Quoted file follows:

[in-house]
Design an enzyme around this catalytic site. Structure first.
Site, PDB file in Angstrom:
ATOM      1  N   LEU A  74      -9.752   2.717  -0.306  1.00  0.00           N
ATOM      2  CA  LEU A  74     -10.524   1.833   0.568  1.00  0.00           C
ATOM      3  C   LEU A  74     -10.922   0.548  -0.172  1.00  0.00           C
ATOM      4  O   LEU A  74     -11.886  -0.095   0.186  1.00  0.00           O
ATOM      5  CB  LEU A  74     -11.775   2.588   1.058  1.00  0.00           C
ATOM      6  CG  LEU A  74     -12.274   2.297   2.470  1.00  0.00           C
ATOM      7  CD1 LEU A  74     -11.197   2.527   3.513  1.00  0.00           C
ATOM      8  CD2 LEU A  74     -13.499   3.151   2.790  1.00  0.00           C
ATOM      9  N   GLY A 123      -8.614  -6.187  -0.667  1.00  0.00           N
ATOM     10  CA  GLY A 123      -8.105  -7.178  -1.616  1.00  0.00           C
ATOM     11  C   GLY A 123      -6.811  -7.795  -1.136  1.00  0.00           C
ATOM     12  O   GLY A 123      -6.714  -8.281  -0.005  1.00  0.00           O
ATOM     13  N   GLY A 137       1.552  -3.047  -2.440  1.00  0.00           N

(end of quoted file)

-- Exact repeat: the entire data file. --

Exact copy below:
[in-house]
Design an enzyme around this catalytic site. Structure first.
Site, PDB file in Angstrom:
ATOM      1  N   LEU A  74      -9.752   2.717  -0.306  1.00  0.00           N
ATOM      2  CA  LEU A  74     -10.524   1.833   0.568  1.00  0.00           C
ATOM      3  C   LEU A  74     -10.922   0.548  -0.172  1.00  0.00           C
ATOM      4  O   LEU A  74     -11.886  -0.095   0.186  1.00  0.00           O
ATOM      5  CB  LEU A  74     -11.775   2.588   1.058  1.00  0.00           C
ATOM      6  CG  LEU A  74     -12.274   2.297   2.470  1.00  0.00           C
ATOM      7  CD1 LEU A  74     -11.197   2.527   3.513  1.00  0.00           C
ATOM      8  CD2 LEU A  74     -13.499   3.151   2.790  1.00  0.00           C
ATOM      9  N   GLY A 123      -8.614  -6.187  -0.667  1.00  0.00           N
ATOM     10  CA  GLY A 123      -8.105  -7.178  -1.616  1.00  0.00           C
ATOM     11  C   GLY A 123      -6.811  -7.795  -1.136  1.00  0.00           C
ATOM     12  O   GLY A 123      -6.714  -8.281  -0.005  1.00  0.00           O
ATOM     13  N   GLY A 137       1.552  -3.047  -2.440  1.00  0.00           N